If I know the index node (inode) of a file, but I don't know its path (or any of its paths), is it possible to create a hard link to that inode directly?

I could find the file using sudo find / -inum 123546 and then create a hardlink, but that would be way too slow for my application.

N.B. I'm using an ext4 filesystem.


2 Answers 2


AFAIK, not with the kernel API. If such an interface existed, it would have to be limited to the super-user as otherwise that would let anyone access files in directories they don't have search access to.

But you could use debugfs on the file system (once it's unmounted) to do it (assuming you have write access to the block device).

debugfs -w /dev/block/device

(replace /dev/block/device with the actual block device the file system resides in).

Then, at the prompt of debugfs, enter

stat <123>
(with the angle brackets, replacing 123 with the actual inode number) to check that the file exists (inode has a link count greater than 0) and is not a directory.

If all good, enter:

ln <123> path/to/newfile
to create the hardlink (note that the path is relative to the root of the file system). Followed by:

mi <123>
to increment the link count (press Enter for all the fields except the link count where you'll want to add 1 to the current value).

  • 6
    Such an interface would also have to check that the file has a nonzero link count, otherwise it would be possible to resurrect a deleted-but-still-open file, which IIRC was rejected because it violates kernel invariants. Mar 12, 2019 at 9:53
  • 2
    @Gilles related: unix.stackexchange.com/a/499760/308316
    – user313992
    Mar 12, 2019 at 10:16
  • 1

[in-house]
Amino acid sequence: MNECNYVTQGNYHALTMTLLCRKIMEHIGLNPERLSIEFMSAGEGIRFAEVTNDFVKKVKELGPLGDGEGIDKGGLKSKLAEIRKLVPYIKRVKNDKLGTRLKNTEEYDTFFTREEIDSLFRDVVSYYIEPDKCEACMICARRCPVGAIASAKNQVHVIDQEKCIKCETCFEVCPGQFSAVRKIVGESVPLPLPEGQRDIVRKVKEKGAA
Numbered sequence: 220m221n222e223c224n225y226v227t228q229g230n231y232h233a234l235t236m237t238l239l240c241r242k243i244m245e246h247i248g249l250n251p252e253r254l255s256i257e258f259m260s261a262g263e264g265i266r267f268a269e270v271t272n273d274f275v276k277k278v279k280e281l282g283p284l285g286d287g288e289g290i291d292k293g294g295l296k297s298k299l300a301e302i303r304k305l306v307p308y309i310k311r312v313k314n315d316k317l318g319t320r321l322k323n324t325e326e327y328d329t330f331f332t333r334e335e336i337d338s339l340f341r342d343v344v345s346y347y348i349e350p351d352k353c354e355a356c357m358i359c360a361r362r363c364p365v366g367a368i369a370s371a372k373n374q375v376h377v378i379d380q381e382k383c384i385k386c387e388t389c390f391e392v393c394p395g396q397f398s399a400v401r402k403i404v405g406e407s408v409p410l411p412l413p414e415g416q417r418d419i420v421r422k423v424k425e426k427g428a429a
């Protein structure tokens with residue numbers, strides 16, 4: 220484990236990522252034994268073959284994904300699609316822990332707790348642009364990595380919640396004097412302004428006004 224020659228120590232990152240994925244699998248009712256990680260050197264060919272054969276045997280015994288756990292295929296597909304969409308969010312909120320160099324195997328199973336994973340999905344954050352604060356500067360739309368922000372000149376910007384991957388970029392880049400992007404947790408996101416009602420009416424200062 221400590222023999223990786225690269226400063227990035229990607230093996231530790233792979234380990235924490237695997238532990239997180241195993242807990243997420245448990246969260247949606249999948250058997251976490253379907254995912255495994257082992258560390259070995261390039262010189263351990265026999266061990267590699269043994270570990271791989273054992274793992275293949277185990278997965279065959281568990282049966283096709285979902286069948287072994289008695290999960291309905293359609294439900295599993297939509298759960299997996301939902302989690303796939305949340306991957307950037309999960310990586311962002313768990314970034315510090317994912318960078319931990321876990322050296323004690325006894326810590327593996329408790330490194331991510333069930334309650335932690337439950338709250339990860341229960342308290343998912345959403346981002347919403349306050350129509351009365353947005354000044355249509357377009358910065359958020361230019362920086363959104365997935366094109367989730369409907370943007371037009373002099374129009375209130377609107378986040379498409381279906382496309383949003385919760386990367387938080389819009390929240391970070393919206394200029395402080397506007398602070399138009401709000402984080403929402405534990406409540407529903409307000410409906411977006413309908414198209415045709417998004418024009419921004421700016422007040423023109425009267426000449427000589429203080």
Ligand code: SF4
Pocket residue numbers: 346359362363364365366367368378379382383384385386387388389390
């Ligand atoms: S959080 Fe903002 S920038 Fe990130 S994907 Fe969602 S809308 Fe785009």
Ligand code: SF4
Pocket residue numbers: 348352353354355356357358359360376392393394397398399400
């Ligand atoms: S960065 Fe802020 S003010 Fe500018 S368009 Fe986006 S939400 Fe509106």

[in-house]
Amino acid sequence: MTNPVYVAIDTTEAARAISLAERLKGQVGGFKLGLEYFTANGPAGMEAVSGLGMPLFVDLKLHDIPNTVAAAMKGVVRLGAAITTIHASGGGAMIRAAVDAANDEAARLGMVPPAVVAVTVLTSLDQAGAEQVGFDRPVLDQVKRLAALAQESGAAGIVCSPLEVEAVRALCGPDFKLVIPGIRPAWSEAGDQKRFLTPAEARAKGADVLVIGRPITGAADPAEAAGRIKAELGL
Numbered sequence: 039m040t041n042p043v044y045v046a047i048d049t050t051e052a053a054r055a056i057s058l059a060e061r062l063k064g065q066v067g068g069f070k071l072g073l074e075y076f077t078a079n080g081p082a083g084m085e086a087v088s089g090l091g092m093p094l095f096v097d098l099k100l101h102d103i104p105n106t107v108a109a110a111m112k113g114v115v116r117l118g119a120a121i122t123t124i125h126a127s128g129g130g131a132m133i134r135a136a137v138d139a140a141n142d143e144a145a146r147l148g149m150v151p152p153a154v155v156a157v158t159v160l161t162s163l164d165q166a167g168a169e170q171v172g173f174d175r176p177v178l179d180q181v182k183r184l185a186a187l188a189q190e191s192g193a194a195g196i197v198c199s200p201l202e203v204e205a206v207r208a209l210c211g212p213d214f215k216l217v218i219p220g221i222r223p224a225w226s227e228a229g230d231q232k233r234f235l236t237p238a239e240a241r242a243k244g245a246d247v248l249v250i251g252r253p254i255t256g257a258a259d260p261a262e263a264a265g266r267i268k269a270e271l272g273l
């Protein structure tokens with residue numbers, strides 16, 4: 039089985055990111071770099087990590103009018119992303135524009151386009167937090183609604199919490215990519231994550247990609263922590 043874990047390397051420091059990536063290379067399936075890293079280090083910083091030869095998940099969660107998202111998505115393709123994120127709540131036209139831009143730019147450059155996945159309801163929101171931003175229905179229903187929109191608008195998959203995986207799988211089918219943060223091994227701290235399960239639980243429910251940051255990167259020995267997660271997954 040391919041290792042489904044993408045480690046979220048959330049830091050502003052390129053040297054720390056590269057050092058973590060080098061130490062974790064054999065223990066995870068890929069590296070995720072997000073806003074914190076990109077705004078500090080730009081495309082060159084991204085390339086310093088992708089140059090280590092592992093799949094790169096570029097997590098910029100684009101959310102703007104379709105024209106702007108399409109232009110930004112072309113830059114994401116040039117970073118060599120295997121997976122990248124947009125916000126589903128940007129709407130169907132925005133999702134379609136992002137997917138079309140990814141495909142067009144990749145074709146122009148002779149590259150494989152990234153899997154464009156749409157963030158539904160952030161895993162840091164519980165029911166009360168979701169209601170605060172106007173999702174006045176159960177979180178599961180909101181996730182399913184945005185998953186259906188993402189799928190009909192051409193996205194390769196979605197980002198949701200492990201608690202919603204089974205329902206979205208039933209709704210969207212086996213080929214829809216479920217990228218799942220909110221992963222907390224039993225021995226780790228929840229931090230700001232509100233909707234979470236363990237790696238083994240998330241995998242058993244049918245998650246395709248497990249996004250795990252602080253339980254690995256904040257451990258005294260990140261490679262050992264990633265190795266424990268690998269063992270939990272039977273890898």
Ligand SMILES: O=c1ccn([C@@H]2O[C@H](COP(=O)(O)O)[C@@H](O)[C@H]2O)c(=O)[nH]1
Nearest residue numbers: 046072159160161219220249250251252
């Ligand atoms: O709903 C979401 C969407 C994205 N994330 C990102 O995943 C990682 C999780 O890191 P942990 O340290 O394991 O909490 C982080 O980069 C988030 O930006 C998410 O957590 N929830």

@PhilipCouling, the execute permission bit on a directory translates to search permission. I already said in directories then don't have search access to. Mar 12, 2019 at 11:03
  • 3
    @OrangeDog, search permission is the terminology used by the POSIX standard. Mar 12, 2019 at 14:28
  • 1
    @mosvy: That check can be removed from kernel. You have to patch up a couple of places in VFS for it to not hose itself though. I did it while working on my thesis years ago.
    – Joshua
    Mar 12, 2019 at 15:19

Depending on your use case, another approach could be to first collect all file candidates in one directory by hard linking it and then hard linking the files you are particularly interested in.

Such as

mkdir -pm 0700 by-inode/{0..999}
find <path> ! -type d -printf "%i/%p\0" |
  while IFS=/ read -rd '' i n; do
    ln "$n" "by-inode/$((i/1000))/$i"

(assuming your inode numbers are all less than 1,000,000, create more directories if need be).

Afterwards, your inodes are grouped 1000-wise and collected in the by-inode/ tree. From there, you can link them as needed.

Note though that it means that deleting files under <path> will not reclaim the space because of that extra hard link.

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